Flashman

By George MacDonald Fraser,

Book cover of Flashman

Book description

For George MacDonald Fraser the bully Flashman was easily the most interesting character in Tom Brown's Schooldays, and imaginative speculation as to what might have happened to him after his expulsion from Rugby School for drunkenness ended in 12 volumes of memoirs in which Sir Harry Paget Flashman - self-confessed…

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Why read it?

6 authors picked Flashman as one of their favorite books. Why do they recommend it?

As a child I loved Thomas Hughes’s Tom Brown’s Schooldays, a Victorian novel set in Rugby, the famous boys’ school. One of the best bits was when the brutal, thuggish school bully, Flashman, was unmasked on a drunken spree and expelled. His life after school was chronicled, 100 years later, in MacDonald Frazer’s 12 Flashman novels. Far from being cowed by his disgrace, and despite his abject cowardice, fate helps Flashman to progress brazenly from strength to strength, a heartless manipulator who revels in behaving outrageously and getting away with it, runs through numberless women, and ends up covered…

From Maya's list on breathe new life into old stories.

Sir Harry Paget Flashman, VC, KCB, KCIE, originally appears in Thomas Hughes’ 1857 novel Tom Brown’s School Days as the notorious Rugby School bully who is expelled for drunkenness. Fraser’s reinvention of him remains one of my favourite fictional creations. Flashman’s adventures encompass many of the British Empire’s 19th-century wars, and Fraser is able to blend real historical characters and incidents with non-stop action. Flashman, which details our eponymous hero’s exploits in India and Afghanistan in the early 1840s, sets the tone for the rest of the series. It’s funny, page-turning, and extensively researched. There are even footnotes. Addictive.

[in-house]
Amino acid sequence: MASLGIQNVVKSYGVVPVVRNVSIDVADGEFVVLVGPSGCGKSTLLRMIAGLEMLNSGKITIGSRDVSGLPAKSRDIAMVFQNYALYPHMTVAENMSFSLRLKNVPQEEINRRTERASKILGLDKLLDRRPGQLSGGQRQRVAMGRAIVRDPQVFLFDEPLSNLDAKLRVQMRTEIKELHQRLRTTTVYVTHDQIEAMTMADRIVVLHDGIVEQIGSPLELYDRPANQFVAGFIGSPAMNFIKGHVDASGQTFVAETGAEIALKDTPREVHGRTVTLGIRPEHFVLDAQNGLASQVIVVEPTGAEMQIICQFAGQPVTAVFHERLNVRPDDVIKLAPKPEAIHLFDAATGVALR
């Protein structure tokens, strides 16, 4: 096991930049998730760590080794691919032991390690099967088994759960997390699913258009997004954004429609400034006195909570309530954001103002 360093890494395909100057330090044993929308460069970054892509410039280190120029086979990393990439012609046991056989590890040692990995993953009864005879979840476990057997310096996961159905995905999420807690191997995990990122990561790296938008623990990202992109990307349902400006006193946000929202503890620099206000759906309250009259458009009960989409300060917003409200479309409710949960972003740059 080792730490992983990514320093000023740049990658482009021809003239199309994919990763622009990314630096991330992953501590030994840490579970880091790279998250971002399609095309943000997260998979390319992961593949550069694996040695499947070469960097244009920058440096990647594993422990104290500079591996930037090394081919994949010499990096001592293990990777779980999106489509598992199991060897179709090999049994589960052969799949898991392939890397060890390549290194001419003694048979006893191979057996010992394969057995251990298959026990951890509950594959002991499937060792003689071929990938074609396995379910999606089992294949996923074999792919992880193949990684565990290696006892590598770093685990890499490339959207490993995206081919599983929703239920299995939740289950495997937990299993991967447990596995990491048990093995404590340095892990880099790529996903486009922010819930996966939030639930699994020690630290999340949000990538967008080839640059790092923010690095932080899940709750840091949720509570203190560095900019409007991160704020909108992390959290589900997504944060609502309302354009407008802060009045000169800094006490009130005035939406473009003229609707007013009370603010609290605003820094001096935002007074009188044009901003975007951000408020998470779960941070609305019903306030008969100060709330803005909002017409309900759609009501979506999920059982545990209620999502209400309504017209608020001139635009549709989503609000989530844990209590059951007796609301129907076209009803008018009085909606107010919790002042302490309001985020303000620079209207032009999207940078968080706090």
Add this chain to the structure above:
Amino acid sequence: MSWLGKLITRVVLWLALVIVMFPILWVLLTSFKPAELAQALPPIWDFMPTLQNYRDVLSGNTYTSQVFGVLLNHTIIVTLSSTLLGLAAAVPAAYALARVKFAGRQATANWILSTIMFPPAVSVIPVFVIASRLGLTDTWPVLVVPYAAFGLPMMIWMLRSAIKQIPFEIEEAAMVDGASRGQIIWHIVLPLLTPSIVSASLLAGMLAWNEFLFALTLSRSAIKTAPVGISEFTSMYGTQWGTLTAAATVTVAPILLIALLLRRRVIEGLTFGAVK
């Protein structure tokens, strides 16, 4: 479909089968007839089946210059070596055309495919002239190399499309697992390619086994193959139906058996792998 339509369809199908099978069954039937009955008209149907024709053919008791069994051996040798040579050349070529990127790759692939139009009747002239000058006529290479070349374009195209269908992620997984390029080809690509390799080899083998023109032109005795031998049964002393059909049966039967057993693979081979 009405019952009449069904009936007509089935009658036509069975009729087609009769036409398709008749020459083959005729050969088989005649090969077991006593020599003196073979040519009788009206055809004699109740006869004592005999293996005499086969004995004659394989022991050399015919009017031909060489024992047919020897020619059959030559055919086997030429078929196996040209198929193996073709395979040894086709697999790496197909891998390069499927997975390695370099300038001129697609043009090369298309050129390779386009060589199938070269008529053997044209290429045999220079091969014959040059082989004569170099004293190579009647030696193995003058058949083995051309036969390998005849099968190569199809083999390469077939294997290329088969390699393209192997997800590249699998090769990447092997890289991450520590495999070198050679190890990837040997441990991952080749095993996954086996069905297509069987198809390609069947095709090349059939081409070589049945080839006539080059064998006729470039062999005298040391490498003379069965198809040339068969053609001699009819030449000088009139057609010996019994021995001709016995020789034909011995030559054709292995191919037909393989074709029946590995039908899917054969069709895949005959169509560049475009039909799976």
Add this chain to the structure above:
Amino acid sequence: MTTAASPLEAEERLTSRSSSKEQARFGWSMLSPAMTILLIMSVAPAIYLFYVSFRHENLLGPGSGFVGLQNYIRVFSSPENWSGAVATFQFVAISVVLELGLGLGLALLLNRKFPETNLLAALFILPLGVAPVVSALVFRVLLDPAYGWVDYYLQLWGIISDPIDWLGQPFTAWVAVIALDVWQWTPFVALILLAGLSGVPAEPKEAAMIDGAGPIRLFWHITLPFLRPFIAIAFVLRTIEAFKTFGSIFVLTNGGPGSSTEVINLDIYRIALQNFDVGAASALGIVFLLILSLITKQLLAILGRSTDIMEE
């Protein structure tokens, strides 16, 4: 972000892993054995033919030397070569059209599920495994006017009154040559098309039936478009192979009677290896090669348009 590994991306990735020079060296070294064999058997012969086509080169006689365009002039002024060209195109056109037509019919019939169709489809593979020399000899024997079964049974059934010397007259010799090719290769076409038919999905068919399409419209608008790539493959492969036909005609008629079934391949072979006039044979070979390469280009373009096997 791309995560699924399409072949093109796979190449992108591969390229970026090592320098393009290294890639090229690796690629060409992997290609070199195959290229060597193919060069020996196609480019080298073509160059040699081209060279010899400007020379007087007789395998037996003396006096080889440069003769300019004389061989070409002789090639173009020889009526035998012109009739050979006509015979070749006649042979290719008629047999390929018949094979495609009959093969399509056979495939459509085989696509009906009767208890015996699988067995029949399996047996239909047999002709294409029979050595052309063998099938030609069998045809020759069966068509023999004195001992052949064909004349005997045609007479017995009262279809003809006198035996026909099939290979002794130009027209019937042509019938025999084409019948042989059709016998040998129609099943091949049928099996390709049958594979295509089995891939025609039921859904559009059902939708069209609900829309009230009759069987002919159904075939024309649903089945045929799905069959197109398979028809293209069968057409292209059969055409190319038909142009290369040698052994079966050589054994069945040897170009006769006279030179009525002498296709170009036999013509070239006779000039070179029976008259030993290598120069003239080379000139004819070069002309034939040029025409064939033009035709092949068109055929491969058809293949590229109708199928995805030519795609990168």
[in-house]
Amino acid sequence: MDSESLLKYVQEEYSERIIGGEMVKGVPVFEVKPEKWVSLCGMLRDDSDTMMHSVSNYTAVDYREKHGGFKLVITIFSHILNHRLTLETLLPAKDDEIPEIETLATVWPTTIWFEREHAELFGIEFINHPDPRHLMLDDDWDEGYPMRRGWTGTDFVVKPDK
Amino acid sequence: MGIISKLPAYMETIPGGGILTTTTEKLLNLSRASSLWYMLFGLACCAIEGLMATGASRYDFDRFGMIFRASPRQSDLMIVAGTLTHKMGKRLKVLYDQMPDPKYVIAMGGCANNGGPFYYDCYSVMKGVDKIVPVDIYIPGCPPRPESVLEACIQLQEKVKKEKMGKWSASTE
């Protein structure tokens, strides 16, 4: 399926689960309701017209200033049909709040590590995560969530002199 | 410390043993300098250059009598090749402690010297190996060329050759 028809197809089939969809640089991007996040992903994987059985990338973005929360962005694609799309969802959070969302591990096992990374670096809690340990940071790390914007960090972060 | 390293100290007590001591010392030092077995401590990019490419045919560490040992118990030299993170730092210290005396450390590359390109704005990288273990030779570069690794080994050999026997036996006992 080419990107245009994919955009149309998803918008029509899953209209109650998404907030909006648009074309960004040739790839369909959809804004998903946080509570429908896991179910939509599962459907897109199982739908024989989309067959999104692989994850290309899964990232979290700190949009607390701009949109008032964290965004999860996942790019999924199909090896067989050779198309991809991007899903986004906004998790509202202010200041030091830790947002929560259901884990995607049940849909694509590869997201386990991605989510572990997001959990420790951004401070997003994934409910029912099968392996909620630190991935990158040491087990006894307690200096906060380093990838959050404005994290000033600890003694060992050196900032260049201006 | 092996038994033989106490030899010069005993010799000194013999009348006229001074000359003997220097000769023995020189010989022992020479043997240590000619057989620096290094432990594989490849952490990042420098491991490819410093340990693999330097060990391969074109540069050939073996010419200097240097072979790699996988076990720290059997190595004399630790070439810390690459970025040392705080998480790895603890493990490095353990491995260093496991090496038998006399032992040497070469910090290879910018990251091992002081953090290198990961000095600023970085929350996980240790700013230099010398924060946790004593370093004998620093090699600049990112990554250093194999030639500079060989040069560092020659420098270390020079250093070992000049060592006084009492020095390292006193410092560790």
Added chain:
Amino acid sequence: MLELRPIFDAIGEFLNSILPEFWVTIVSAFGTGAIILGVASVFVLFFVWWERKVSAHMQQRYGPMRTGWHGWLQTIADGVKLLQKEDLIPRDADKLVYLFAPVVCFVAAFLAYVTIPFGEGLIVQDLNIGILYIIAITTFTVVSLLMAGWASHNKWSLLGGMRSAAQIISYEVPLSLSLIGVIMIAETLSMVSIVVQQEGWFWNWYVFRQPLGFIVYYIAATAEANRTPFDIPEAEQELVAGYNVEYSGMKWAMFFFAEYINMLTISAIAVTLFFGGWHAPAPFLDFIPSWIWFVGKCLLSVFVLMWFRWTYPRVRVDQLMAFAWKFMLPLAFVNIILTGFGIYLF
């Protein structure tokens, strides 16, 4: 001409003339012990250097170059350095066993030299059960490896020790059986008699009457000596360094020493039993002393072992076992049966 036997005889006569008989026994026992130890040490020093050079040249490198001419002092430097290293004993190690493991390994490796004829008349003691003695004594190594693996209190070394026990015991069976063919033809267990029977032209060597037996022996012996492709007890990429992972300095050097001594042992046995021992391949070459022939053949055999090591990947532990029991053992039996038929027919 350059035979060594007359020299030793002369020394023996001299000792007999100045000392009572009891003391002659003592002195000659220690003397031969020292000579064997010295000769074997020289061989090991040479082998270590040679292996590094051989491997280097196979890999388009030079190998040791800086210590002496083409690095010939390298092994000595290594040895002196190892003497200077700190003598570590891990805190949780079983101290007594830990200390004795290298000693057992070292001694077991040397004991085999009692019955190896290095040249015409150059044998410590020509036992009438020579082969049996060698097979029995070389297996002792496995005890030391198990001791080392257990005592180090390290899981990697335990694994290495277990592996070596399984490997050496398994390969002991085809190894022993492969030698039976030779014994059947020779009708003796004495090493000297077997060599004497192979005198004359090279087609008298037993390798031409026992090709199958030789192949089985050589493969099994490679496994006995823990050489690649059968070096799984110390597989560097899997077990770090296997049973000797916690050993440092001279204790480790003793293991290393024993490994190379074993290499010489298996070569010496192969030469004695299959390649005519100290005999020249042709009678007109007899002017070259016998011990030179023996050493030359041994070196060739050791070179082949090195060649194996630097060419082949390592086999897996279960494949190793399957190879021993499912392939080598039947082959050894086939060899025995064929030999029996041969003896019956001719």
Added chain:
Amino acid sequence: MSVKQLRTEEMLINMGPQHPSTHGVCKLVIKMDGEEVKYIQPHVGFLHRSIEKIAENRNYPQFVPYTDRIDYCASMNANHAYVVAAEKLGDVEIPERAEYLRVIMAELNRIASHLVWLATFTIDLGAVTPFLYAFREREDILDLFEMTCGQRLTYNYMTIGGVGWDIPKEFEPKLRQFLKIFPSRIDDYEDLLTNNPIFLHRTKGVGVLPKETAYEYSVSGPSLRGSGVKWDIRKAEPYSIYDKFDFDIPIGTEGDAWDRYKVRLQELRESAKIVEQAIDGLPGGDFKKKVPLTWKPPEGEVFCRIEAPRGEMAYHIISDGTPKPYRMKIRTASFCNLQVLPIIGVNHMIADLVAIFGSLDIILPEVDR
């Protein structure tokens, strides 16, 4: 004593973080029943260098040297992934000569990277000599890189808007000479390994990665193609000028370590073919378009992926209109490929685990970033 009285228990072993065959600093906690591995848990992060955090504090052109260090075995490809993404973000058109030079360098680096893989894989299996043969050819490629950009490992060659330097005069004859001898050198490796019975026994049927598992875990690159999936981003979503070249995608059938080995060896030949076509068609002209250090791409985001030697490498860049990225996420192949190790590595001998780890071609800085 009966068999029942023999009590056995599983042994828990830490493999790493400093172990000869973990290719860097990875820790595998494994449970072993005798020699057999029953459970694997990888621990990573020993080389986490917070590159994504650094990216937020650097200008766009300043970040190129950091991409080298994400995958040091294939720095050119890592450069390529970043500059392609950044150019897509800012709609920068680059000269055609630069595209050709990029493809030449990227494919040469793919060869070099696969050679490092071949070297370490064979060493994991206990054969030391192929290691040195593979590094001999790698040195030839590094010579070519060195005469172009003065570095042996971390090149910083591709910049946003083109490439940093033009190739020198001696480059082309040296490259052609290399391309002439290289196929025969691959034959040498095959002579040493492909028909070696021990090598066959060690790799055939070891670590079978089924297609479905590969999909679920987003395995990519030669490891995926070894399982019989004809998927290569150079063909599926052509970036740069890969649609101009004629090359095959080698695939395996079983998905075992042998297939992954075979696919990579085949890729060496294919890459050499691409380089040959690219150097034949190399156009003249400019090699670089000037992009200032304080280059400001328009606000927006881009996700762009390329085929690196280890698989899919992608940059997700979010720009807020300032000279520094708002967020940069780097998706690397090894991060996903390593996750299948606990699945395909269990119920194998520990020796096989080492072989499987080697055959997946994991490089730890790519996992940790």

If Hornblower is my favorite fictional sailor, my favorite fictional soldier is Sir Harry Paget Flashman. But while Hornblower has real courage, Flashman is an anti-hero – posturing as noble but in truth a coward, lecher, and cad. With one redeeming trait: absolute honesty in showing the 19th century as it really was. From incompetent generals to scheming statesmen and aristocrats who bribe their way to titles via sweatshops and the slave trade, Flashman gives us a dark but fascinating underside of history.

From William's list on well-written slam-bang adventures.

George MacDonald Fraser is, bar none, my favourite author of all time. His research is meticulous (which is just the thing for chaps like me) and the quality of his writing is superb. It’s also liberally festooned with lots of gut-busting humour, the kind that tiptoes to the edge, which is the best kind, in my opinion. Indeed, he often comes so close to the edge that I actually found myself bursting out laughing and feeling guilty about it at the same time, which somehow made it even funnier. If you want a close, in-depth look into the far-flung corners…

From C.W.'s list on historical fiction of the UK.

This often-hilarious bestseller, which went on to spawn a dozen Flashman novels in total, is a thoroughly enjoyable read. It represents historical fiction at its best, covering the Great Game, the region (India and Central Asia), and the era (British Raj).

From Riaz's list on the Great Game.

Another book that divides in these very PC times. This is the first in a series of stories telling a kind of meta-history using mainly historical figures and also historic fictional characters. Some will remember Tom Brown’s Schooldays (published 1857). The villain of the piece was the arch cad and school bully – Flashman – who was expelled for drunkenness at the end of the novel. 

More than a century later, GMF began publishing the “discovered memoirs” of Flashman – commencing with his expulsion and recreating his entire army career in which he sees action in many of the famous…

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